I don't believe Ravens team officials were blowing smoke or following some mysterious, hidden agenda over the weekend when they repeatedly said Joe Flacco was still their starting quarterback.
That's a fact, one that probably bears emphasizing now that the franchise has begun a succession plan at Flacco's position that has some fans hyperventilating over what lies ahead.
Sure, it's also a fact that the drafting of Lamar Jackson made a definitive statement about the Ravens' future under center. Jackson likely will take over at some point.
But that future hasn't arrived yet.
GM Ozzie Newsome made the point soon after his daring Jackson pick at the end of the first round of the 2018 NFL Draft Thursday night.
"We're trying to win this year. In order for us to win this year, we need Joe Flacco," Newsome said. "That's why we went and got the receivers. That's why we went and got the tight end – to give Joe some help. So we want to win this year."
I believe every word of that.
Yes, the Ravens do want to win, really want to win in 2018 after missing the playoffs for three straight years.
Yes, to take their best shot, they "need" to stick with Flacco, the Super Bowl-winning veteran who is only 33, with plenty of good football quite possibly still ahead of him.
Finally, yes, the front office rebuilt the cast of playmakers around Flacco this offseason believing that was the missing piece of a playoff puzzle. With new veteran receivers now in place, it would be a mistake – in the front office's opinion, and I agree – to abruptly change course and hand the offense to a rookie quarterback who is arriving with a ton of hype but who, by all accounts, still needs seasoning before he's ready to be a No. 1.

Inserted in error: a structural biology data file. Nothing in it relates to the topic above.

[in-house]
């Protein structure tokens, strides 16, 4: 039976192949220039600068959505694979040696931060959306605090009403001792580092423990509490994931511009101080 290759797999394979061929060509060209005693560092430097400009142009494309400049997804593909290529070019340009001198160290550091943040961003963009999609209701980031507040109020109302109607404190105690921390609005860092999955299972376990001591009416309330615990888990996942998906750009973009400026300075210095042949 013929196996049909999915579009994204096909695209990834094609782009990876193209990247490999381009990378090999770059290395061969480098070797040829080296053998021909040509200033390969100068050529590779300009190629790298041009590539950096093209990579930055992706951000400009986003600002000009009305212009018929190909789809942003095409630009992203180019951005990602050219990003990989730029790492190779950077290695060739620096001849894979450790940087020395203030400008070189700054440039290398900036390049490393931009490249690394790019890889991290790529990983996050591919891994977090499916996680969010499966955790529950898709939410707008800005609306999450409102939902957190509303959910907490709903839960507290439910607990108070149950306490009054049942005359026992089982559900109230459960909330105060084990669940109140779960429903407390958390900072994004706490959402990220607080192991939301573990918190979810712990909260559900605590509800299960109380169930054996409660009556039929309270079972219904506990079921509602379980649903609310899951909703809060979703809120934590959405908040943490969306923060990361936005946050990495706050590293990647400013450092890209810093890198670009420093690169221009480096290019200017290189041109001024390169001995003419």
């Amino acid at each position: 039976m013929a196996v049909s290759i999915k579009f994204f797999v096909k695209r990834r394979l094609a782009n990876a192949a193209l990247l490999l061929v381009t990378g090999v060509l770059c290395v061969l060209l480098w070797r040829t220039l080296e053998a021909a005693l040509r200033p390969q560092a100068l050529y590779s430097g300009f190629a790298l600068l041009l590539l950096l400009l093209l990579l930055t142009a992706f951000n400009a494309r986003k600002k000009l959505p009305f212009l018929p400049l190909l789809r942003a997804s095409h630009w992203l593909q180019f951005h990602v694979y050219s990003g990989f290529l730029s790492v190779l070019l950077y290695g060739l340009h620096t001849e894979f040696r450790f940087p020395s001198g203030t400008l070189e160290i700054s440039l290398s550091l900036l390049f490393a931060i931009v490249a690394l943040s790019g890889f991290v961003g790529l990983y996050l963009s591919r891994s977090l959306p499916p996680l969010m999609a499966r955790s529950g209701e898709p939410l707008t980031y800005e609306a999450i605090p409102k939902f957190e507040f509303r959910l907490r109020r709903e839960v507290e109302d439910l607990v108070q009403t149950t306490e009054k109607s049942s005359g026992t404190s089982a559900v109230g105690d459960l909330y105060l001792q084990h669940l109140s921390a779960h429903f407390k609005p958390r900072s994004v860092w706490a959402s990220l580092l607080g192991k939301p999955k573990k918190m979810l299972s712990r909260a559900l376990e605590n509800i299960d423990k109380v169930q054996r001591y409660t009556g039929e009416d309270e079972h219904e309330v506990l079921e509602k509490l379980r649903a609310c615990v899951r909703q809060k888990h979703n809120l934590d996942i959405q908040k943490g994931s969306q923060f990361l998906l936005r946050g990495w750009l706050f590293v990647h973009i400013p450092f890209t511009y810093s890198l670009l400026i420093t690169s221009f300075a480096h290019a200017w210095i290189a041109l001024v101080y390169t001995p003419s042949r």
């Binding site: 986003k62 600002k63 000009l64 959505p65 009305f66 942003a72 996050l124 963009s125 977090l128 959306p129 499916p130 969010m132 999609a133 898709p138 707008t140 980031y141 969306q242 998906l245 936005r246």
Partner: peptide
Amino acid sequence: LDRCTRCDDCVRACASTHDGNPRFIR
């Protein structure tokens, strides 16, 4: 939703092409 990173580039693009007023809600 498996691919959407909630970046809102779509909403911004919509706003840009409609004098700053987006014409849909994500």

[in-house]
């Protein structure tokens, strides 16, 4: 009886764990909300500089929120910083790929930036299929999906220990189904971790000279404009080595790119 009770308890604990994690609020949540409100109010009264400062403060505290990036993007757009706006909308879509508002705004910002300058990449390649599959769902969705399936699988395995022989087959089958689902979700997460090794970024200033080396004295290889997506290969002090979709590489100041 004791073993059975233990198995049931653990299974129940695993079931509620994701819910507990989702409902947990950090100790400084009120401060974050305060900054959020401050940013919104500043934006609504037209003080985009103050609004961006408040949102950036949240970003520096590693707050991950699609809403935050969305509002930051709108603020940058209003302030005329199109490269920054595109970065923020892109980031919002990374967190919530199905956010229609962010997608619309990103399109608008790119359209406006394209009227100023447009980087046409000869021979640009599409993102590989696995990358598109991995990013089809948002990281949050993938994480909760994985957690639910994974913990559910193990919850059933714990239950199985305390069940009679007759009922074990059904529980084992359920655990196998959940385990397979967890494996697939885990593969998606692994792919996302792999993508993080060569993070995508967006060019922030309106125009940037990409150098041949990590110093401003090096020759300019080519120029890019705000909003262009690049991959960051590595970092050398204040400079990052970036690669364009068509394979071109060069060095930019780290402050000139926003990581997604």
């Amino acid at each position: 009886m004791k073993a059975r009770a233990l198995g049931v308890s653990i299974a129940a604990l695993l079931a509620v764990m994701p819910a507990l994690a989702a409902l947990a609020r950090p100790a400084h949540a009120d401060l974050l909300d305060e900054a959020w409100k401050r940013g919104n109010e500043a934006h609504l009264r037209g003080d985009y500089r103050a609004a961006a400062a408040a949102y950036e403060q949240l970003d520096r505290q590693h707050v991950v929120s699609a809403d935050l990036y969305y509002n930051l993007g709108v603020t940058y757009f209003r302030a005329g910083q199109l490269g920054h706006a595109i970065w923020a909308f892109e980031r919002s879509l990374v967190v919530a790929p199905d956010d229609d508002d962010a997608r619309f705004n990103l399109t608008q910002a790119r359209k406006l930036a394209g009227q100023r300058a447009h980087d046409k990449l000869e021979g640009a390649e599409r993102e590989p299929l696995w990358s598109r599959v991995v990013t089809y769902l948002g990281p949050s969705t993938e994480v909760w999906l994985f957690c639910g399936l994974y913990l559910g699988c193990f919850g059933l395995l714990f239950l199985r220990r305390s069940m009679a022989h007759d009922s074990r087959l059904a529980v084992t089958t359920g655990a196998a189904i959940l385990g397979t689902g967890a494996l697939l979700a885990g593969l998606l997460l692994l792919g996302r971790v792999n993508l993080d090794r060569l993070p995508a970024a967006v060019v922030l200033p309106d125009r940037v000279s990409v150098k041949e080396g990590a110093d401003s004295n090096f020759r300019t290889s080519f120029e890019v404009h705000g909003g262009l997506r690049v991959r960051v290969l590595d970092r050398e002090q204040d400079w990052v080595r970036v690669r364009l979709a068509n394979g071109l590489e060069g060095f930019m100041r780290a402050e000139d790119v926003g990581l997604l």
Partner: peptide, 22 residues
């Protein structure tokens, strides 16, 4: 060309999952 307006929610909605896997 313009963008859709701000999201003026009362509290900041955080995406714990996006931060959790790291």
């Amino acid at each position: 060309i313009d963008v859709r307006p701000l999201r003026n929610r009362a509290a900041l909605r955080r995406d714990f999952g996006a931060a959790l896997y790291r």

The better option is to keep Flacco on the job, hopes he's healthier than in recent years, and hope the new targets and the challenge the Jackson pick represents somehow help him raise his game.
That's not only the right option for the Ravens, it's also the right option for Jackson. Pro football is a lot more complex than the college game he dominated. He'll be better in the long run if he sits and watches now and starts learning the ropes before he has to produce.
I'm old school on this. You can ruin a young quarterback by rushing him onto the field too soon. Why do it if you don't have to?
That's not what some fans and analysts want to hear, of course. The selection of Jackson, the most exciting talent in this year's draft, has re-energized a Baltimore fan base that was starting to yawn. The whole football world can't wait to see what he can do in the pros.
The calls for him to play as soon as possible have already started, and they're only going to get louder.
That adage about the backup quarterback being the most popular guy in town played out here in recent years when Josh Woodrum and Bryn Renner fared well in the preseason. Imagine the crescendo when the backup isn't a fringe guy with no future in Baltimore, but rather, a first-round pick anointed as Flacco's replacement.
What I'm saying is it's about to get loud in here, folks, loud and chaotic and oh-so interesting, regardless of what happens on the field.
In the face of what I'm sure will be constant calls for them to make THE change, the Ravens will need to be disciplined and patient, staying firm in their belief that Flacco gives them the best chance to win in 2018.
There's no telling when, or if, the transition eventually will take place. It might happen this fall or not for a couple of years, depending on how well Flacco performs and how quickly Jackson develops. There's even a chance it won't happen at all. At this point, I don't think you should rule out any possibilities or timetables.
In the short term, though, there's no guesswork. The right call is for the Ravens to show the same faith in Flacco that they've shown for the past decade.